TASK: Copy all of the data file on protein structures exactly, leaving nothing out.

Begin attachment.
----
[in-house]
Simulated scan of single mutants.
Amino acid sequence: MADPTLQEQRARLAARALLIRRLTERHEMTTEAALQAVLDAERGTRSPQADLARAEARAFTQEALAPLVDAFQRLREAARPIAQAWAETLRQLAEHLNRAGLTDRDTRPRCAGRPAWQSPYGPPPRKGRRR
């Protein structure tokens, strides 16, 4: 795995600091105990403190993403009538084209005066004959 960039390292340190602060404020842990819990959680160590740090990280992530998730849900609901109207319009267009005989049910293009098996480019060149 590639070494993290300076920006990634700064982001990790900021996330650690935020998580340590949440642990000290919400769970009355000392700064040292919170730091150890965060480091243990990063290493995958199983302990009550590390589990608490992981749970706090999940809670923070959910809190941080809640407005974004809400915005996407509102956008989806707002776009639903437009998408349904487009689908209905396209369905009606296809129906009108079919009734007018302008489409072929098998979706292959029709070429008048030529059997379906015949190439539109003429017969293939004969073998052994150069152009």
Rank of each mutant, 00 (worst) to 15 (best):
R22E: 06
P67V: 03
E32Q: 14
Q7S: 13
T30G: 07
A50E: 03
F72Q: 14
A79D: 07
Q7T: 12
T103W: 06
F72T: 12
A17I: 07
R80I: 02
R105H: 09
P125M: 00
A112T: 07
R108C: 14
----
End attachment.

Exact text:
[in-house]
Simulated scan of single mutants.
Amino acid sequence: MADPTLQEQRARLAARALLIRRLTERHEMTTEAALQAVLDAERGTRSPQADLARAEARAFTQEALAPLVDAFQRLREAARPIAQAWAETLRQLAEHLNRAGLTDRDTRPRCAGRPAWQSPYGPPPRKGRRR
């Protein structure tokens, strides 16, 4: 795995600091105990403190993403009538084209005066004959 960039390292340190602060404020842990819990959680160590740090990280992530998730849900609901109207319009267009005989049910293009098996480019060149 590639070494993290300076920006990634700064982001990790900021996330650690935020998580340590949440642990000290919400769970009355000392700064040292919170730091150890965060480091243990990063290493995958199983302990009550590390589990608490992981749970706090999940809670923070959910809190941080809640407005974004809400915005996407509102956008989806707002776009639903437009998408349904487009689908209905396209369905009606296809129906009108079919009734007018302008489409072929098998979706292959029709070429008048030529059997379906015949190439539109003429017969293939004969073998052994150069152009």
Rank of each mutant, 00 (worst) to 15 (best):
R22E: 06
P67V: 03
E32Q: 14
Q7S: 13
T30G: 07
A50E: 03
F72Q: 14
A79D: 07
Q7T: 12
T103W: 06
F72T: 12
A17I: 07
R80I: 02
R105H: 09
P125M: 00
A112T: 07
R108C: 14